Although parents have long wondered about the influences—both good and bad—that music can have on their teen, today’s parents may have more reason for concern. As of 2013, teens spend an average of 7.5 hours a day consuming media, including listening to music, watching music videos, and playing video games with music in the background. As a result, parents are increasingly asking themselves: How does music affect teens?
Is Music Linked to Illicit Behaviors?
With a number of musical genres today—country, pop, classical, indie, alternative, etc.—teens have access to plenty of music that can send both good and bad messages. However, one type of music has consistently boasted a reputation for having a negative influence on teens. Numerous studies have found that teens who listen to rap music are more likely to be involved in illicit behaviors, such as drug use, promiscuity, and attacking or threatening others. Research also indicates that techno and reggae music are associated with alcohol and drug use, while rock music is linked with violent behavior.
Can Music Predispose a Teen to Suicide?
Over the past several years, “emo” music has been blamed in a number of cases of self-harm and suicide. Lyrics in songs sung by groups, such as My Chemical Romance, are said to glamorize suicide leading to an increasing number of troubled teens making suicide attempts and succeeding.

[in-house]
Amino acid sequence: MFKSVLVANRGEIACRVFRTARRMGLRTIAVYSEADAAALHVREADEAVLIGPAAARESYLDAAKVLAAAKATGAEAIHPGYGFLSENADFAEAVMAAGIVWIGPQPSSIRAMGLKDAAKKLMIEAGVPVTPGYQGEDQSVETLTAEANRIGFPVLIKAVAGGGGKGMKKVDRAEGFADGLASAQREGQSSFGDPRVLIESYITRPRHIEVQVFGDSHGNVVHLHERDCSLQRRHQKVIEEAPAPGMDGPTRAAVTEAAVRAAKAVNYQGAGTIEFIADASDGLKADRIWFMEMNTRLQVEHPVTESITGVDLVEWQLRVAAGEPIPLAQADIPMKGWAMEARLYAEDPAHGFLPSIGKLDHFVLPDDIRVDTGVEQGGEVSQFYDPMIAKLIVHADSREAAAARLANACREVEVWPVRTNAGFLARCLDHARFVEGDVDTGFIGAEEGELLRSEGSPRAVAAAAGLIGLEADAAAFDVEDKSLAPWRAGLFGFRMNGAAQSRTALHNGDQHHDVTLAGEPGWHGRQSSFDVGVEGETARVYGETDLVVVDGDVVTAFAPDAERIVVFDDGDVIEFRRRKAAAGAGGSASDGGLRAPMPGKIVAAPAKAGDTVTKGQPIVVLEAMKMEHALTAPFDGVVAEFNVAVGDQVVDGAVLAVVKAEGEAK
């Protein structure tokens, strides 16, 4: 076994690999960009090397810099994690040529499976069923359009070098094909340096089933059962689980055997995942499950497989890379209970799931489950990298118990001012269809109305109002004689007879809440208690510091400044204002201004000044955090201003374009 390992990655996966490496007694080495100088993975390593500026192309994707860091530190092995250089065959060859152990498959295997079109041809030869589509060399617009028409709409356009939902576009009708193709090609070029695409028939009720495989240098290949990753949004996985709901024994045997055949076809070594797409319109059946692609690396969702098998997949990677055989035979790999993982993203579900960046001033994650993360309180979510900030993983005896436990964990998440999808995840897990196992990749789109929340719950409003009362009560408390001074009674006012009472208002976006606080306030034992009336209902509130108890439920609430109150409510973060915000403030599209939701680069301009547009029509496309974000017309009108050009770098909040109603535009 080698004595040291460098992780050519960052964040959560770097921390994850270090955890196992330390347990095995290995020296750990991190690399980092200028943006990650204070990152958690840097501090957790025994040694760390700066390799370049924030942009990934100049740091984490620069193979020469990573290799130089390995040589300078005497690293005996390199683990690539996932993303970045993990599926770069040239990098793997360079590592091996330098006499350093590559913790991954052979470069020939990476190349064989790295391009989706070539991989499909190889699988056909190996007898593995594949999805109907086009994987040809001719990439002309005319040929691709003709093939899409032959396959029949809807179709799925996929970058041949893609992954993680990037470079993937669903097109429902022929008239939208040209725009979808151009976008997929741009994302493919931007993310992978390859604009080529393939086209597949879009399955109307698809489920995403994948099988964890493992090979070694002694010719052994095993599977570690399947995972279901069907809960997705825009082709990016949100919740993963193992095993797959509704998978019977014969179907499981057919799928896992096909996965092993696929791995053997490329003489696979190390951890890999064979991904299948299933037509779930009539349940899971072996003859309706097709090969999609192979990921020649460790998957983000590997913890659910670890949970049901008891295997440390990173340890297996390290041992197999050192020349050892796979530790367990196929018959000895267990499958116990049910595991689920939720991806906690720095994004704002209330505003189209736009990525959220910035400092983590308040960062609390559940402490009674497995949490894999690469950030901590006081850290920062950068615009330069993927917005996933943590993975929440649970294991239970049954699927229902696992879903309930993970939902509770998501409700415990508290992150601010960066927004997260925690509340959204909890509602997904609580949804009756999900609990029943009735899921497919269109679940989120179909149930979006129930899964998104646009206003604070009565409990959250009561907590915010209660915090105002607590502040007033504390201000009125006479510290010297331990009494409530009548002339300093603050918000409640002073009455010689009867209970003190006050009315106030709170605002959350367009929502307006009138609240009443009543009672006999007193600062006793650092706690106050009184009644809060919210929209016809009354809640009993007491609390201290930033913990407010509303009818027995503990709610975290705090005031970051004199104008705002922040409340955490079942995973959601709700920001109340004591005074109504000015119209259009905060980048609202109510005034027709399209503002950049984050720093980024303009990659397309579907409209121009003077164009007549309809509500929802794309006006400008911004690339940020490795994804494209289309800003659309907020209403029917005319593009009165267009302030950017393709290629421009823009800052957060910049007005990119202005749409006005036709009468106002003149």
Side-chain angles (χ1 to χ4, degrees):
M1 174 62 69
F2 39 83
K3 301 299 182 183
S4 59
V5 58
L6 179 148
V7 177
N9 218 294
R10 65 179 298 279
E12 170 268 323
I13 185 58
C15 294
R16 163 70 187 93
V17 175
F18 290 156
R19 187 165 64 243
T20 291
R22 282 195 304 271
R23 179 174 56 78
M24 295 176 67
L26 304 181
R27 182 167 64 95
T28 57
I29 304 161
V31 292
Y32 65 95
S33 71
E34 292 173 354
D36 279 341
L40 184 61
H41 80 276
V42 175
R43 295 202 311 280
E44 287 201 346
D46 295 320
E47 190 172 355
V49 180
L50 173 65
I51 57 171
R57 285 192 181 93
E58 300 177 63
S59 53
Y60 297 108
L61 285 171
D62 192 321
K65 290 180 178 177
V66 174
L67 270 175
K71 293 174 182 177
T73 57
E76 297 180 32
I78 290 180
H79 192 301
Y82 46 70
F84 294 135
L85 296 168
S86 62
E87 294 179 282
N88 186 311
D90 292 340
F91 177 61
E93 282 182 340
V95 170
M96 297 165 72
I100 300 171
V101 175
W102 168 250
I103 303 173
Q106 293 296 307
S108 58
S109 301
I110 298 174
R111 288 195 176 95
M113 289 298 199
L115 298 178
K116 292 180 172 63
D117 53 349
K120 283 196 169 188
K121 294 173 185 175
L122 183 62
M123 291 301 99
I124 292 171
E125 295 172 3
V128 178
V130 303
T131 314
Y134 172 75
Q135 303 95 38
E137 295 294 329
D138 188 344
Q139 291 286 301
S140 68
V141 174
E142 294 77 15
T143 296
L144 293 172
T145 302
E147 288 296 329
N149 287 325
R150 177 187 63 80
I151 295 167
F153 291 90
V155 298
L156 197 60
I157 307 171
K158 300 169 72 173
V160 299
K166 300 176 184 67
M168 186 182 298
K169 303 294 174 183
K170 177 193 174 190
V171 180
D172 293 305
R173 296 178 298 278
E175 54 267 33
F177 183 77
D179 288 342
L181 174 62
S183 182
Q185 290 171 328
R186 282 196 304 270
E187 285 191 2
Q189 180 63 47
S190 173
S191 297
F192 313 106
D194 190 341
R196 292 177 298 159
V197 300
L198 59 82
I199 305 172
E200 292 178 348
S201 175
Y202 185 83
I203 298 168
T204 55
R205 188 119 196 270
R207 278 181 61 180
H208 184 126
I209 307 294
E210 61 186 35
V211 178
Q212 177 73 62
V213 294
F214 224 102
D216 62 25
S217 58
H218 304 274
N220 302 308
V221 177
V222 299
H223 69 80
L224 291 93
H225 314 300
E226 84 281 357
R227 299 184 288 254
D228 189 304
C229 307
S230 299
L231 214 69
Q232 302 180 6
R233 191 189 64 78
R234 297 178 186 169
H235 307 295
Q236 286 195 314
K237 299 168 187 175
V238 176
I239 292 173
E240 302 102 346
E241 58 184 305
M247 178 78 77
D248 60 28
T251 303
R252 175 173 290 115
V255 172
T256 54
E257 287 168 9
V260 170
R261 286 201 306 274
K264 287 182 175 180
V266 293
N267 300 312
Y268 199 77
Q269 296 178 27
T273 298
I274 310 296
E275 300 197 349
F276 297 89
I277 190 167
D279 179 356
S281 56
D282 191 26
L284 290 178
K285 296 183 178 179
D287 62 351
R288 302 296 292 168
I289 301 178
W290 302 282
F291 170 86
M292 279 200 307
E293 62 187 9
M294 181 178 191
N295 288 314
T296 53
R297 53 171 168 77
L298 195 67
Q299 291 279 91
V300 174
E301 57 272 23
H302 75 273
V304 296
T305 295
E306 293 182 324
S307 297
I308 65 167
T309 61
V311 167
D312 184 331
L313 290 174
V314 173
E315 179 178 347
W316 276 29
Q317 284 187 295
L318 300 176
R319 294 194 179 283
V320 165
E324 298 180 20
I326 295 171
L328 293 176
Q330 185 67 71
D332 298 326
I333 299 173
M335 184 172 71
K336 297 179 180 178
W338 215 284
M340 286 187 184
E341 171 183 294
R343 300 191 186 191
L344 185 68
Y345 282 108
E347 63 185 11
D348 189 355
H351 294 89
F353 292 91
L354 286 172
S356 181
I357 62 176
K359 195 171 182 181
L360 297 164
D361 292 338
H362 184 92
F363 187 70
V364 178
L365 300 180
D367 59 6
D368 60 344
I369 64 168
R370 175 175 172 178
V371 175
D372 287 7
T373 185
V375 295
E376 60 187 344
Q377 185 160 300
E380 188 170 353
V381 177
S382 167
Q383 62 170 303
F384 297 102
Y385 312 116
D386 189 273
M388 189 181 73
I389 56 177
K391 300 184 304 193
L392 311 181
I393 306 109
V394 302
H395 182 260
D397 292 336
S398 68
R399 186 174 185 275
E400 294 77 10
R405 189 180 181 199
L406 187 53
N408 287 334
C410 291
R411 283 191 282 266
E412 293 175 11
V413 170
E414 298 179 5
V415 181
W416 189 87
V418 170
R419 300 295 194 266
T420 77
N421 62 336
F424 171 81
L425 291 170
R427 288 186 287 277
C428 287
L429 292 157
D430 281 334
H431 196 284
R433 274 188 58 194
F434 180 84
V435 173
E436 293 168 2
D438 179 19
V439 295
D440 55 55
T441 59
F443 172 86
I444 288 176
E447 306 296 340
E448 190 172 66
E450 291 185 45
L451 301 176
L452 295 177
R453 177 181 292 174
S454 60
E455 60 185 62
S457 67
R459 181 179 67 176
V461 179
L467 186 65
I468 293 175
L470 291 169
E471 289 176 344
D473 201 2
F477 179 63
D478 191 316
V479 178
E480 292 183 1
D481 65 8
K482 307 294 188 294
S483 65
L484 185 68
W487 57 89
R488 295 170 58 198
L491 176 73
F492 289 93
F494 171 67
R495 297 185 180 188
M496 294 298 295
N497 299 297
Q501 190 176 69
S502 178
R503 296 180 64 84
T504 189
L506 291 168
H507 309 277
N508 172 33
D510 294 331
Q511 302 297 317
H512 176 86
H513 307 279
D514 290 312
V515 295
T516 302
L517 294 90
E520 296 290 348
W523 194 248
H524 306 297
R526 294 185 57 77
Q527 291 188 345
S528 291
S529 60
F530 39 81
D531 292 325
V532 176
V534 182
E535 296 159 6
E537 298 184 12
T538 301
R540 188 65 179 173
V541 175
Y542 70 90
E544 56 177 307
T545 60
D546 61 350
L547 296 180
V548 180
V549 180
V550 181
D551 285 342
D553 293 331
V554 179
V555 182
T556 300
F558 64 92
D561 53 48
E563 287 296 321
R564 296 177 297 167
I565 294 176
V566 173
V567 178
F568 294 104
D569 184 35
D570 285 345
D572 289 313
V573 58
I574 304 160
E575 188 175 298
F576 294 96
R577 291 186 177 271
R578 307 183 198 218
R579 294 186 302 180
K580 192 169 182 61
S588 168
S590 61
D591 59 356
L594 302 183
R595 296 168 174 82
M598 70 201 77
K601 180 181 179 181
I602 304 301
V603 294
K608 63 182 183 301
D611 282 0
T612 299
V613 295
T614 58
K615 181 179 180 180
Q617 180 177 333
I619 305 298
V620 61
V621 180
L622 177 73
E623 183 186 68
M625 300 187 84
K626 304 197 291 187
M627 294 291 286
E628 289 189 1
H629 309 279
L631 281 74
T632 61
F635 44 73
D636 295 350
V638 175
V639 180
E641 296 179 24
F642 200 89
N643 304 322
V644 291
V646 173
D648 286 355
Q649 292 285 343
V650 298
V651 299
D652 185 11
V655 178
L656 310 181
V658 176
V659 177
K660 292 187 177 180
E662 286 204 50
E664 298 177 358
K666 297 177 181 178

The Positive Influence of Music
Before you rush to ban your teen from listening to music, it’s important to understand that it can also have a positive influence. Music has demonstrated an ability to help ease tension and frustration in teens, as well as help calm them down and muster up the momentum and energy they need to get through the day. Upbeat songs, such as “Happy” by Pharrell Williams have also shown an ability to improve a depressed or melancholy mood.
How Concerned Should Parents be About Music’s Influence on Their Teen?
It is important to know what your teen is listening to, as well as how often they listen to it. If your teen is constantly listening to songs that send a negative message, take the opportunity to talk to your child about the message that is being sent and how they feel about it. At the same time, encourage the listening of all sorts of positive music—music can stimulate the brain and increase the learning curve. Explore different types of music with you teen. This can be a learning opportunity for the both of you.
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